Twitter ban lifted in Nigeria: Who won the PR battle?
Digital diplomacy enters a fresh chapter as 40 million Nigerians rush back to Twitter.
Twitter is back in Nigeria after a seven-month ban by the Federal Government. The total number of Twitter active users has now been restored to 400 million as 40 million Nigerian users return to the social media platform once again.
The decision was made after Twitter agreed to meet all conditions set by the Nigerian government, according to a government statement.
Those conditions include “managing prohibited publication in line with Nigerian law,” addressing issues of operations and tax, as well as opening a local office in Nigeria.
Last June, the Nigerian government suspended Twitter’s operations in the country, accusing the American social media giant of allowing its platform to be used “for activities that are capable of undermining Nigeria’s corporate existence.”
The new global reality is that digital platforms and their operators wield enormous influence over the fabric of our society, social interaction and economic choices. “These platforms can be used as either a tool or a weapon,” the government said in its Wednesday statement.
“Therefore, our action is a deliberate attempt to recalibrate our relationship with Twitter to achieve the maximum mutual benefits for our nation without jeopardizing the justified interests of the Company. Our engagement has been very respectful, cordial, and successful,” it said.
The government added that its decision to lift the suspension “opens a new chapter in global digital diplomacy” and “sets a new operational template for Twitter to come back stronger for the benefit of Nigerians.”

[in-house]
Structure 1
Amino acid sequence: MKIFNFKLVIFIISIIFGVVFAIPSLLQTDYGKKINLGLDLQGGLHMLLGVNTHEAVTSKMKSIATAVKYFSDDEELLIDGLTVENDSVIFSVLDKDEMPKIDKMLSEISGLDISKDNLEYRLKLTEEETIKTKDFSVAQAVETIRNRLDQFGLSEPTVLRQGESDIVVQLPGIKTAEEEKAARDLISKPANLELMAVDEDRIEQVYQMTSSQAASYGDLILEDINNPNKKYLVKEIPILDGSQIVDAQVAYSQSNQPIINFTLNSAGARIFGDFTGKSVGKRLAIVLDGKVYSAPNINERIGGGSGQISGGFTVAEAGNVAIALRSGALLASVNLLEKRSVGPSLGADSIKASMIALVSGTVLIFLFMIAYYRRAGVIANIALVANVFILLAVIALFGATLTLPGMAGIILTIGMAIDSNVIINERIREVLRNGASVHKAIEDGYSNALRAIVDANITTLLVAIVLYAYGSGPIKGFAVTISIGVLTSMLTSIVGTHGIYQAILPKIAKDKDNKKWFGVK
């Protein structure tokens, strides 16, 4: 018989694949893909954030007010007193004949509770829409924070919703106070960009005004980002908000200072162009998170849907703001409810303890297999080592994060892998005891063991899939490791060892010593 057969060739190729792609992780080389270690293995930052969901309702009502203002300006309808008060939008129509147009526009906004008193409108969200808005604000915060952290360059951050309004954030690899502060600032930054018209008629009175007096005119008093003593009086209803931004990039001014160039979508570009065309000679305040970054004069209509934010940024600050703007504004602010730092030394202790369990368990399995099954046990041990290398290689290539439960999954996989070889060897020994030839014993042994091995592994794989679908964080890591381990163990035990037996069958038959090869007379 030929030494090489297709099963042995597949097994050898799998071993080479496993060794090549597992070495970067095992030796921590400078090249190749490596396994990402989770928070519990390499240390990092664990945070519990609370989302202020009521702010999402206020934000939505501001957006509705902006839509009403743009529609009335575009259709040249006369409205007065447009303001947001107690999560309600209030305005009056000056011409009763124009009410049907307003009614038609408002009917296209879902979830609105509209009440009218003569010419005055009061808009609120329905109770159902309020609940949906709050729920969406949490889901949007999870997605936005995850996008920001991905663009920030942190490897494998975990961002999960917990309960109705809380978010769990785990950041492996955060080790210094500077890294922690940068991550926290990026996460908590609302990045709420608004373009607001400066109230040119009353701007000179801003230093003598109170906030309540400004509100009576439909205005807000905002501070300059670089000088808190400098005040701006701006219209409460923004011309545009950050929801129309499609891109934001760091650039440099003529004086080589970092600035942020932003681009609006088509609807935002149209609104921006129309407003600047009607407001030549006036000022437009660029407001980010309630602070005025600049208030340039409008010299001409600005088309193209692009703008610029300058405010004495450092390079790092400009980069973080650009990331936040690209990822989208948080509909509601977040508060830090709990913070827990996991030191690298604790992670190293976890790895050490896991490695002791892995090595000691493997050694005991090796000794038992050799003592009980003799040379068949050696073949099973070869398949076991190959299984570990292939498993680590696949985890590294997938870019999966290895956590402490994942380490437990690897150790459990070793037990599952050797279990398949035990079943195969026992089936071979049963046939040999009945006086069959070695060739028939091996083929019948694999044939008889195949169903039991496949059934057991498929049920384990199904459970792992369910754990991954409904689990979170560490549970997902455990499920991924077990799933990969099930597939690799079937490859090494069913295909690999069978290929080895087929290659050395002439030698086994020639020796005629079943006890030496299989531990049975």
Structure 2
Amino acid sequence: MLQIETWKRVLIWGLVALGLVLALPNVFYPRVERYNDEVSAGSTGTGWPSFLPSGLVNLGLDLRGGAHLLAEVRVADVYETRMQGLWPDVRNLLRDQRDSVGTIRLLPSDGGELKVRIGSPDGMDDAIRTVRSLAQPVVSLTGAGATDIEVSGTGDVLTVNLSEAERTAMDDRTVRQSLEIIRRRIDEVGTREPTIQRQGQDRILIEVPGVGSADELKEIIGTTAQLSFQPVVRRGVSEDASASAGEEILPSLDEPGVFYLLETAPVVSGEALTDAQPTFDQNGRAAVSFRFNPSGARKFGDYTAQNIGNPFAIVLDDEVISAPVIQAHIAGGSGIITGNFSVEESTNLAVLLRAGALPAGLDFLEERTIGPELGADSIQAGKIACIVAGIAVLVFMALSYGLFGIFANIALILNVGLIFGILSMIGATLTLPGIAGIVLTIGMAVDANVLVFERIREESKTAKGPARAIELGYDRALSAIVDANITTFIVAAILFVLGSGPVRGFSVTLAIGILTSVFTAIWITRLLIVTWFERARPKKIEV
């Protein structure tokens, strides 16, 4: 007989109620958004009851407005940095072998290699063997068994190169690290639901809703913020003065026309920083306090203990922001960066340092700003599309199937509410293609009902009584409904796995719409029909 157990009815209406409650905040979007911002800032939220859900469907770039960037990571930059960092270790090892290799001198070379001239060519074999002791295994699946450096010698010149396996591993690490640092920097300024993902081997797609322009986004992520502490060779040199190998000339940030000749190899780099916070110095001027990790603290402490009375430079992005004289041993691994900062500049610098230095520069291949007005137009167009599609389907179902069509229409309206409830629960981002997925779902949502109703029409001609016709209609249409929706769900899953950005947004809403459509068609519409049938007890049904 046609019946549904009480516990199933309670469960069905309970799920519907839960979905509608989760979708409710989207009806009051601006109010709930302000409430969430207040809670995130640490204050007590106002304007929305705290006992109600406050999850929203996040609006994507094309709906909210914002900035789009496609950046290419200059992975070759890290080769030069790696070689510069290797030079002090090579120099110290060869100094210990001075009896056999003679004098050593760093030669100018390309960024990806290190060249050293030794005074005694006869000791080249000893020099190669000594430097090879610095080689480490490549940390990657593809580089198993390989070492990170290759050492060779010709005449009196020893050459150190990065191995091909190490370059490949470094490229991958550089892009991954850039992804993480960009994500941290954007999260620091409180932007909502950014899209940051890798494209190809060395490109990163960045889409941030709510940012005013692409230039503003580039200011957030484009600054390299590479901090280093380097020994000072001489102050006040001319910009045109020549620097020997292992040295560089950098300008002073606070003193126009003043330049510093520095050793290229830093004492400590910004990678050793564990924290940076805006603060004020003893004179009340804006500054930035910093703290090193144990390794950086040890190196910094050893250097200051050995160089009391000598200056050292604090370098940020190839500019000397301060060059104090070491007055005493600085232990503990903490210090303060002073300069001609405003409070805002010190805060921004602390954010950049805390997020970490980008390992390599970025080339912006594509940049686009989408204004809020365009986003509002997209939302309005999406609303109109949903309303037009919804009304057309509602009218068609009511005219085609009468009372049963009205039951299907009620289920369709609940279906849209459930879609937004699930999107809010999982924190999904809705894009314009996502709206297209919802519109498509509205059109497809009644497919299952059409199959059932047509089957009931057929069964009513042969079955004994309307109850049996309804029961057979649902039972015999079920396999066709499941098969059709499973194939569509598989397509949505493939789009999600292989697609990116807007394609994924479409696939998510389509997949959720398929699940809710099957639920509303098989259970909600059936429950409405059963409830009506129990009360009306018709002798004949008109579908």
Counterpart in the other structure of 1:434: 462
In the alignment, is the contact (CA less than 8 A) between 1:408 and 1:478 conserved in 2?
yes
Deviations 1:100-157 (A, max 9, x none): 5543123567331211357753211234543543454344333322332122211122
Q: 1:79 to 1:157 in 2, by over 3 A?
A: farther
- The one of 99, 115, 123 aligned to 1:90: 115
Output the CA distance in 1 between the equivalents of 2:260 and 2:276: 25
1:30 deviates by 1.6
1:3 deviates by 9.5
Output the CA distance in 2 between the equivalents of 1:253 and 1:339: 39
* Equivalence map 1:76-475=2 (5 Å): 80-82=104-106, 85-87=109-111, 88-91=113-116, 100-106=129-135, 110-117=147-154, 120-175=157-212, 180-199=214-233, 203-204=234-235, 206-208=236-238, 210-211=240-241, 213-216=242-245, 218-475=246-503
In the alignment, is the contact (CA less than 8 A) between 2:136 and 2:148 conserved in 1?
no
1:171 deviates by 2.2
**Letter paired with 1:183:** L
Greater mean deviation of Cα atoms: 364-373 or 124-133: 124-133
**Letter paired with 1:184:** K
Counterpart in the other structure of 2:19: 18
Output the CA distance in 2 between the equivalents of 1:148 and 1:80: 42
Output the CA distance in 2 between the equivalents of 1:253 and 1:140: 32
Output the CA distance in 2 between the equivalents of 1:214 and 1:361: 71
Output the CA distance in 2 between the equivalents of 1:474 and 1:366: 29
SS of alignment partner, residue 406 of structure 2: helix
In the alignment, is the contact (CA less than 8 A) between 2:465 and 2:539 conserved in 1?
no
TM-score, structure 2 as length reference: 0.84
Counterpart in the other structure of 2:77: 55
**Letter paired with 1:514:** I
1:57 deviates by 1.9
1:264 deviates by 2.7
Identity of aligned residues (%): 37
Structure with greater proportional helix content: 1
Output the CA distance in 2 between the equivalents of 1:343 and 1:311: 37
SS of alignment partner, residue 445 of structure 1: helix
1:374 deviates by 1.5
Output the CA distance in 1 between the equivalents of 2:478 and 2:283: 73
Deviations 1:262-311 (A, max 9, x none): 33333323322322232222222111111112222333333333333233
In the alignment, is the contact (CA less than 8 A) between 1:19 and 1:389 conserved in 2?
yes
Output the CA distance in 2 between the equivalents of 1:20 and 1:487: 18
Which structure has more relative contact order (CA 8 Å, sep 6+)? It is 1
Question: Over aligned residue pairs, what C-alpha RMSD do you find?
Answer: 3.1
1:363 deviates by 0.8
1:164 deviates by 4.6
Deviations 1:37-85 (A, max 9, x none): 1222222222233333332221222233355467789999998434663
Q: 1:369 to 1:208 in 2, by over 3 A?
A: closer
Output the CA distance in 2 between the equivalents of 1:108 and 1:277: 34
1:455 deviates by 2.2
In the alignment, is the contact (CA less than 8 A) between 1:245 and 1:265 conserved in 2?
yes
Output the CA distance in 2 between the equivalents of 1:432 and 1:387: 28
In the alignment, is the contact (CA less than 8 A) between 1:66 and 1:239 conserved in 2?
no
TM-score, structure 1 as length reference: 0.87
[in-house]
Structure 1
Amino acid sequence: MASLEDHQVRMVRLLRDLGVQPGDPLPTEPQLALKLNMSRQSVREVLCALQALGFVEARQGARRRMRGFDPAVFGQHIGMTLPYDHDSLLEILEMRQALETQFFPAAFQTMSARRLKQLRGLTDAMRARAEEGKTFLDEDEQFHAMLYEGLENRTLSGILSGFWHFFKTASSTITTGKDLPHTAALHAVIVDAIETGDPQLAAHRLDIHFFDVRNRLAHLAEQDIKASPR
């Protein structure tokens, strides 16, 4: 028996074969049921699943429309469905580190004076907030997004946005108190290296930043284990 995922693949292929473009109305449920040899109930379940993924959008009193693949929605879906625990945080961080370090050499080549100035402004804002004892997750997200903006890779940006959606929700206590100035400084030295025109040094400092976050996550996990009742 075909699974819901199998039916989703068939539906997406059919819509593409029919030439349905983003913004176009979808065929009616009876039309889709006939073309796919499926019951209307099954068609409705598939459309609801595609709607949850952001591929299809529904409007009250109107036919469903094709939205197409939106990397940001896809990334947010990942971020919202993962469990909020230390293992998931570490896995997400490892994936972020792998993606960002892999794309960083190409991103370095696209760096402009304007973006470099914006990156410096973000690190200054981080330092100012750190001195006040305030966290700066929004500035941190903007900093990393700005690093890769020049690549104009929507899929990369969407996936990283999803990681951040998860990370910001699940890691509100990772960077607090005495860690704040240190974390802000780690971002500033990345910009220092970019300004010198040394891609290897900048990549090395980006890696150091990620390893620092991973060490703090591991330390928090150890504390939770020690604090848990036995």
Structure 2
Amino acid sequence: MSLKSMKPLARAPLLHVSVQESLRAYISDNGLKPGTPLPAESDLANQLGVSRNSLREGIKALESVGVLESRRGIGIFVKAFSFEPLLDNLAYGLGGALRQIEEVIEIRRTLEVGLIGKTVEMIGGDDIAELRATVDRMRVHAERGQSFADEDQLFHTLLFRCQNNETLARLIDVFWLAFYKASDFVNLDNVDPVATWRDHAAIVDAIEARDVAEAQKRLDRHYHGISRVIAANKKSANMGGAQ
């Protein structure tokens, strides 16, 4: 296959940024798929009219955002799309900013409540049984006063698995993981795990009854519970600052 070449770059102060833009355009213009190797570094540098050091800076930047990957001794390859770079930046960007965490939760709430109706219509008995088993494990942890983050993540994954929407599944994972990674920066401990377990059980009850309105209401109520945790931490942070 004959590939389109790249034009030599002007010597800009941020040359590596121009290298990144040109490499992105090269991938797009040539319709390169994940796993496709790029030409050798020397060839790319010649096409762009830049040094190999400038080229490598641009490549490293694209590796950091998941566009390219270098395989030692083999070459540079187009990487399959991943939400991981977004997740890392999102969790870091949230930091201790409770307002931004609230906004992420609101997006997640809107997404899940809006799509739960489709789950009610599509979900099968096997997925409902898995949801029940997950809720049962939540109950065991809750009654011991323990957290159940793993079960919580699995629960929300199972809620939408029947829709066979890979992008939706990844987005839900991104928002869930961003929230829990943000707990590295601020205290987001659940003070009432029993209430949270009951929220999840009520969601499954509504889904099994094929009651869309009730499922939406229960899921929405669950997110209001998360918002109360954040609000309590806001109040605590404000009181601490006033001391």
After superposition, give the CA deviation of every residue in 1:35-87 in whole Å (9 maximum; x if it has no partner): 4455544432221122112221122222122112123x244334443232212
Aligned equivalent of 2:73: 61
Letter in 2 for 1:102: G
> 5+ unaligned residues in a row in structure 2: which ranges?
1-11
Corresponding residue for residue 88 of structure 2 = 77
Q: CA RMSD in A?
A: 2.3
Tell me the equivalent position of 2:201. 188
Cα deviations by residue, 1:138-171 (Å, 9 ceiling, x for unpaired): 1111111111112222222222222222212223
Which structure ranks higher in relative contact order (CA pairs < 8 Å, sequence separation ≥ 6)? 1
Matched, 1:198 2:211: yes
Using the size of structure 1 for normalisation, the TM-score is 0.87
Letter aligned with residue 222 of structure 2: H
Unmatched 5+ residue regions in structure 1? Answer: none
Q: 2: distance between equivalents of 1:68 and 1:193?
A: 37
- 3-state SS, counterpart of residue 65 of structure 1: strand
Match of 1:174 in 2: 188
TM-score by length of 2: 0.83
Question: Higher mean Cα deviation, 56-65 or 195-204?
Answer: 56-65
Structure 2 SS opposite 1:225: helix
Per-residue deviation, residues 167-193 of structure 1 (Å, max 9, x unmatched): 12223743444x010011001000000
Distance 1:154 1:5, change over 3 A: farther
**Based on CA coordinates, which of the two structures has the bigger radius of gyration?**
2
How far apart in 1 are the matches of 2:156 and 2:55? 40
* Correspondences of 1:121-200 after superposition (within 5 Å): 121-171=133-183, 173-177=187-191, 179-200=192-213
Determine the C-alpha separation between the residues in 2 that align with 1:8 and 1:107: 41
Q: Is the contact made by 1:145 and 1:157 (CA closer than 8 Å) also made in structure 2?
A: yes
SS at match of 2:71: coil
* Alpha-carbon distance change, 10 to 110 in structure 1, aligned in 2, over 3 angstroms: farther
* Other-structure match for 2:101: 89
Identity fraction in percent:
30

Twitter was banned in Nigeria in June 2021 after the social media company removed a tweet by President Muhammadu Buhari, in which Buhari issued a thinly veiled threat against secessionist groups in the southeast “to treat them in the language they understand.”
Twitter vs Nigeria: Who is the PR winner?
The PR battle between the giant of Africa and the giant of social media has finally come to an end. What are the PR lessons?
- Buhari tough guy?
The Twitter ban seemed to have strengthened the “tough guy” image of President Buhari at a time that he was seen as failing woefully in taming Boko Haram and managing the rising wave of insecurity in Nigeria.
The long-term sustenance of this image would be based on how tough he gets at dealing with the nomadic attacks and widespread kidnapping in Nigeria. Ultimately, perception soon becomes reality.
- Deflection strategy
It also served as a deflection. This strategy is often used by Governments and big brands, when an action is taken to divert attention away from a bigger issue.
Facebook had deployed this strategy when it embarked upon a name change in the midst of an operational storm and sharp internal criticism.
- Economics or PR?
Twitter seemed to have given the Nigerian Government a face-saving way out of the digital diplomacy battle.
In the eyes of the public, Twitter blinked first and bowed to the Government’s demand. Behind the scene, Twitter is probably smiling all the way to the bank.